Mark Perry’s remarks at American Experiment’s minimum wage forum
Update: Minnesota Public Radio covered the event, listen to its report here: “How would $15 minimum wage affect workers?”
Thanks to the Center for the American Experiment for the opportunity to participate today. As a native of the Twin Cities, I feel especially fortunate to be here. What’s not so fortunate is that we’re here debating a topic that has actually been settled science in economics for several hundred years. Generally, the first thing we teach on the first day of Econ 101 is that if you raise the price of a good or service, you’ll reduce the demand for that good or service. Including unskilled workers.
I’m sure that everybody here understands perfectly that if the tickets for today’s luncheon had been priced at $60 instead of $30, there would be fewer people in the audience.
And yet we’re here today debating whether or not a similar doubling of the minimum wage, at least in some cities and states to $15 an hour, would have a similar negative effect on the number of unskilled workers employed. And of course it would.
Think of it this way: Suppose the government imposed a $15,500 annual tax on employers per full time unskilled worker. Is there any doubt that that level of tax — $15,500 per employee — would reduce employment opportunities for unskilled workers? Of course there’s no doubt, and that’s the exact same outcome as an increase in the minimum wage from $7.25 to $15 an hour – it would be like a $15,500 tax + payroll taxes on employers for each full-time minimum wage worker. And that would be a disaster for both unskilled workers and the employers who hire them.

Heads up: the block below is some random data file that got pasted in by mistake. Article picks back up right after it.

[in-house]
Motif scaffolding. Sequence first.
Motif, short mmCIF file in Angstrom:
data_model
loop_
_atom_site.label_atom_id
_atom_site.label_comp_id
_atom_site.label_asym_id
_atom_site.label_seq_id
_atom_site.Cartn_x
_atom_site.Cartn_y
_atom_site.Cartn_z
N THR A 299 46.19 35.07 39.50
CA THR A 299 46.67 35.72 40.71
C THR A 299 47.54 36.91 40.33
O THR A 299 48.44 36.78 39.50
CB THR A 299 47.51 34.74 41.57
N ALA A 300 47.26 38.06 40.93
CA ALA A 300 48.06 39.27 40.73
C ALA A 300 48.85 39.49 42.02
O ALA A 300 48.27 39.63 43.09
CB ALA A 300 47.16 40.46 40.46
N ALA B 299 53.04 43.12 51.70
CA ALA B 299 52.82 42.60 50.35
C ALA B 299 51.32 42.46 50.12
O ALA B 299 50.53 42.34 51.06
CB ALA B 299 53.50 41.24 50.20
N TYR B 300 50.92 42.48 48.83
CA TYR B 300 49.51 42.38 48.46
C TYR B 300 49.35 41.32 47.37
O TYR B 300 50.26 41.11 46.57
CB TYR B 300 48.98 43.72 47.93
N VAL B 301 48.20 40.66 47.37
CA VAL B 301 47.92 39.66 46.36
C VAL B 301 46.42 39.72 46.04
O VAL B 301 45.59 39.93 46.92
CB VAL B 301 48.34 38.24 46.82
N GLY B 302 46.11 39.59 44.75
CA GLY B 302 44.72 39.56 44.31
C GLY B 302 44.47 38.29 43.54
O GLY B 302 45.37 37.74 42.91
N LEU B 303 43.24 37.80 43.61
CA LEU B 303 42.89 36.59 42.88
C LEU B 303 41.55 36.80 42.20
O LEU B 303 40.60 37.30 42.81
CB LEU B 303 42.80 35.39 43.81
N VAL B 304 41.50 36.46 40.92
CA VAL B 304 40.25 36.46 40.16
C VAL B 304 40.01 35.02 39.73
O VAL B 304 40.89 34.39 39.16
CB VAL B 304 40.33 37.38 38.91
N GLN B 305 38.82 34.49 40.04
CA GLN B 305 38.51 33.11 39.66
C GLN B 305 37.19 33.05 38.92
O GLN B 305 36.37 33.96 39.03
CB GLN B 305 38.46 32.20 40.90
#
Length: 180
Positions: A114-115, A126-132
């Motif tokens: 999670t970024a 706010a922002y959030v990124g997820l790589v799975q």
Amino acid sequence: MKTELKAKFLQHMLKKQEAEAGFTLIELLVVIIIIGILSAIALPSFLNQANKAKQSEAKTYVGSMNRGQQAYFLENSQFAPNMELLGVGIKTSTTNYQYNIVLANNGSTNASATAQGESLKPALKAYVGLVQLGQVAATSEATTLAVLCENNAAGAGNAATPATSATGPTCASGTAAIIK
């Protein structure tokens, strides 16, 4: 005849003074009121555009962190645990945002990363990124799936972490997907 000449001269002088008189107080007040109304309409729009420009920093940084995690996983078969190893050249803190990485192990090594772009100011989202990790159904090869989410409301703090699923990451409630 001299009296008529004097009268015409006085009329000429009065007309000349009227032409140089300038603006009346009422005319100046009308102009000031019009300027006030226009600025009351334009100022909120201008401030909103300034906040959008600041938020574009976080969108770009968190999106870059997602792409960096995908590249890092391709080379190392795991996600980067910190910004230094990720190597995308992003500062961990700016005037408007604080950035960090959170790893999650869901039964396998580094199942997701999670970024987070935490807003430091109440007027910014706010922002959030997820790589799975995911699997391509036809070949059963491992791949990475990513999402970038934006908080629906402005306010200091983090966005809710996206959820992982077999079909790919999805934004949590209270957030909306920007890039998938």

This is not rocket science, it’s simple, first-day ECON 101. Given the strong support for the minimum wage among the general public, I feel obligated to issue an apology on behalf of my profession. Economists have obviously failed to educate the general public about basic economic principles. A public educated in basic economics would be just as skeptical of minimum wage laws as they would hopefully be skeptical of proposed legislation that would attempt to repeal or ignore the Law of Gravity for political purposes.
So we’re not here today because of economics – which is settled science when it comes to the overall negative effects of minimum wage laws – we’re here today because of politics.
The economist Thomas Sowell said it best: The first lesson of economics is scarcity: There is never enough of anything to satisfy all those who want it.
The first lesson of politics, says Sowell, is to ignore the First Lesson of Economics.
So we’re here today because politicians and minimum wage advocates choose to ignore the laws and lessons of economics. And once we move from the world of economics, which is grounded in a systematic rigorous framework of analysis, and based on economic logic, reason and theory, and into the fantasy world of politics, we are then exposed to the real dangers of perverse public policies in a world divorced from economic reality.
In that fantasy world, we suddenly went from a proposal for a $10.10 an hour minimum wage in 2014 to proposals for a $15 an hour wage in recent years. Obama said that 10-10 was easy to remember, but then we suddenly went to $15 an hour, almost a 50% increase with no justification other than that $15 is also an easy number to remember.
But here’s the critical question that is never addressed by minimum wage advocates: Why $15 an hour and not $14 or $16 or $50? There is NEVER any explanation like: We’ve analyzed labor markets, we’ve taken all relevant factors into account, and after rigorous mathematical modeling and cost-benefit analysis, we’ve determined that $15 an hour, and NOT $14.90 or $15.10 an hour is the optimal federal minimum wage.
That never happens. Whether it’s $10.10 or $15, it’s always completely arbitrary and non-scientific. And therefore guaranteed to inflict great harm on unskilled workers and the employers who hire them!
Let’s talk about the harm that a minimum wage is guaranteed to cause by looking at what the law can’t do, because it’s what this type of government price control cannot do that makes it very bad public policy.
Here are 15 things that a $15 minimum wage law does not and cannot do: